Challenges of prisoner re-entry

Bruce’s story is compelling, and all too familiar. He is one of roughly 4.8 million offenders currently under some form of community supervision in the United States, according to the Bureau of Justice Statistics (BJS). Rising incarceration rates over the last few decades mean that more people are being locked up and that a growing number of inmates are also being released from prison. In 2011, 688,384 men and women were released from state or federal custody, according to BJS—that’s about 1,885 individuals each day. Another 9 million individuals were released from jail. It’s no wonder “prisoner re-entry,” the transition of offenders from prisons and jails back into the community, is the buzzword in correctional reform.
Bruce’s story highlights the many challenges awaiting those who leave confinement. For most offenders, as well as for their families and communities, re-entry is a complex transition. Former offenders often struggle with substance abuse, inadequate education and job skills, limited housing options, and serious health and mental health needs. Family relationships are strained by incarceration. According to an ex-offender project manager in Baltimore, Maryland, the average prisoner returning to the city received $40 on release and owed $8,000 in child support. He had no means of transportation, no place to live, and great difficulty in finding a job. An oft-cited statistic is that nearly two-thirds of released offenders are arrested again within three years.
The sheer volume of offenders—and their likelihood of re-incarceration— has made re-entry a priority for policy makers. Today, a wide array of re-entry programs offer a range of approaches. Some take place during incarceration, preparing offenders for their eventual release; others occur during the release period, connecting ex-offenders with the various services they require; and still other longer-term programs provide ex-offenders with support and supervision as they permanently reintegrate into their communities. The most successful programs begin during incarceration, extend throughout the release and reintegration process, focus on high-risk offenders, are intensive in nature, and are community-based.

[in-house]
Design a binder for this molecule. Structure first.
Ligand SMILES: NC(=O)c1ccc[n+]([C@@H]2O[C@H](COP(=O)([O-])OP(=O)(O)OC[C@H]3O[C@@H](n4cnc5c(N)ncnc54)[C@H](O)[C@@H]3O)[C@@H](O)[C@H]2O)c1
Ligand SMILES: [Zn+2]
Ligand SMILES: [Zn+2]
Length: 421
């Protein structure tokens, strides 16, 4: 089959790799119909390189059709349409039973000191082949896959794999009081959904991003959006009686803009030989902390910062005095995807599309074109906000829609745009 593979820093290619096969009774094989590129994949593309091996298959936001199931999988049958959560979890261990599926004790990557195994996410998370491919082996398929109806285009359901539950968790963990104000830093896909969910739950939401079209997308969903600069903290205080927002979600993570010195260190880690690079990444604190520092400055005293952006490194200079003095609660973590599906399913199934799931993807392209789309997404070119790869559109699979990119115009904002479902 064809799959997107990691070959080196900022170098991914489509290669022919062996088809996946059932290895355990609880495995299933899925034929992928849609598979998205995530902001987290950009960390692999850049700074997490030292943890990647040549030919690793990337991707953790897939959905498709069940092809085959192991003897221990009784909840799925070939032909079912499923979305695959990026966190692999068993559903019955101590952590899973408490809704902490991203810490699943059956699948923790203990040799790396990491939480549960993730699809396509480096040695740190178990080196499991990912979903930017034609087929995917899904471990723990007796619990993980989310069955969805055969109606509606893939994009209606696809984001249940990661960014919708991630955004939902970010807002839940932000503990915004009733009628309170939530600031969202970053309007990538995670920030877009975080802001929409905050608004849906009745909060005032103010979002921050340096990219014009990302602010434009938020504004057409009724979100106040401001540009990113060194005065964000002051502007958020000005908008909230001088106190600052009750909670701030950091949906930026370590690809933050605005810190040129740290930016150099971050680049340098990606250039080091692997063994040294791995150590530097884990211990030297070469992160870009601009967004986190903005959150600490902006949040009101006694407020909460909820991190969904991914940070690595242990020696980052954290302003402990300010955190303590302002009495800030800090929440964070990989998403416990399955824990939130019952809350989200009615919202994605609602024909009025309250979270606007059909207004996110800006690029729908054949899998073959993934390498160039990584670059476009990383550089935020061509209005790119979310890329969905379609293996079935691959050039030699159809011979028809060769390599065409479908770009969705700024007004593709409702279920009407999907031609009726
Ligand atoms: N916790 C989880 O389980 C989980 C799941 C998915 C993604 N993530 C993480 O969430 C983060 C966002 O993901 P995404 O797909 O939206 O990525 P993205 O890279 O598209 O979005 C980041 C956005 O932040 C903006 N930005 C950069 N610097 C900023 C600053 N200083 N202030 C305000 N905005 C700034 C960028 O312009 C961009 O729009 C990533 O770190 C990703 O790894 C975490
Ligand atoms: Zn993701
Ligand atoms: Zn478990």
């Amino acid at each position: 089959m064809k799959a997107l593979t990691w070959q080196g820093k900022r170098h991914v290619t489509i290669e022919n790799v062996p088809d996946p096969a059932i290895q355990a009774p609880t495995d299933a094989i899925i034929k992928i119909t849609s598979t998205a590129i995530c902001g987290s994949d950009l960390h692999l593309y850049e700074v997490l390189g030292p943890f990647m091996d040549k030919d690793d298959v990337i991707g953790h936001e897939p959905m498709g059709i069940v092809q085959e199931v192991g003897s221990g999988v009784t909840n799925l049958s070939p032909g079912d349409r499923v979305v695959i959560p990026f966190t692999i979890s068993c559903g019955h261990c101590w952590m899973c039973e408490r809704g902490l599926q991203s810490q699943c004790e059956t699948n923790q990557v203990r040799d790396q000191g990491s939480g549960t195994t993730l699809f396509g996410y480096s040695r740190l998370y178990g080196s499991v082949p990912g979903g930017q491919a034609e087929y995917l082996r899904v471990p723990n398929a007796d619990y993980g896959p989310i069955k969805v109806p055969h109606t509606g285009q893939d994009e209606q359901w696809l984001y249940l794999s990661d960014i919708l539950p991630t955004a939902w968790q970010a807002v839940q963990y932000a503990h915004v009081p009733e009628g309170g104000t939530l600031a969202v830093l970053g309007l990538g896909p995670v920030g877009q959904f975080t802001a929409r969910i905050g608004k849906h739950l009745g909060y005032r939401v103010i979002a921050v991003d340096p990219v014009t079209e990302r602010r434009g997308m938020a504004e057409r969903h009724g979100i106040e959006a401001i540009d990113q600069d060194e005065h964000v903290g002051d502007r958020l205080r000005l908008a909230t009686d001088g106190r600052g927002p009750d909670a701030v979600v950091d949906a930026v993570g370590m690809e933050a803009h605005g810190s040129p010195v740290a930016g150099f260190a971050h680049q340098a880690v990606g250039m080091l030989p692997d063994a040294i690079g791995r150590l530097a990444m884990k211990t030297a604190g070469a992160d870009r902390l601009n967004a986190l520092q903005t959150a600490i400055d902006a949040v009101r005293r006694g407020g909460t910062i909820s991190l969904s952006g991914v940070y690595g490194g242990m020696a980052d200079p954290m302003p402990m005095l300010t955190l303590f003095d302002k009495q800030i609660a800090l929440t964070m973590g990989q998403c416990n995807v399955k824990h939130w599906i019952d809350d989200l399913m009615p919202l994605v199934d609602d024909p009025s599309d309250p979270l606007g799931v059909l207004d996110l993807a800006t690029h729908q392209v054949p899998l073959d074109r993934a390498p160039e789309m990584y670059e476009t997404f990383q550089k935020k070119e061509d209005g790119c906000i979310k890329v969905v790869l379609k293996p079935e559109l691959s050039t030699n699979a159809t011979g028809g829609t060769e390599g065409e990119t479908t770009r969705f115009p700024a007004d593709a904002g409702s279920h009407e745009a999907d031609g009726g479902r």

While dropping to some extent, incarceration rates still remain high. Since nearly all inmates will be released from prison at some point, perhaps it is time to think outside the cell. To date, prisoner re-entry has focused almost exclusively on activities and programs designed to help inmates become productive members of society. But what of the communities to which they return? Although providing inmates with an education or vocational training and preparing them for a life outside prison are steps in the right direction, such skills matter little if the communities to which ex-offenders return offer them few jobs or opportunities—a tough reality in an economic recession. Individualistic public policies that focus solely on offenders overlook the community context and set ex-inmates up for failure.
Charles E. Kubrin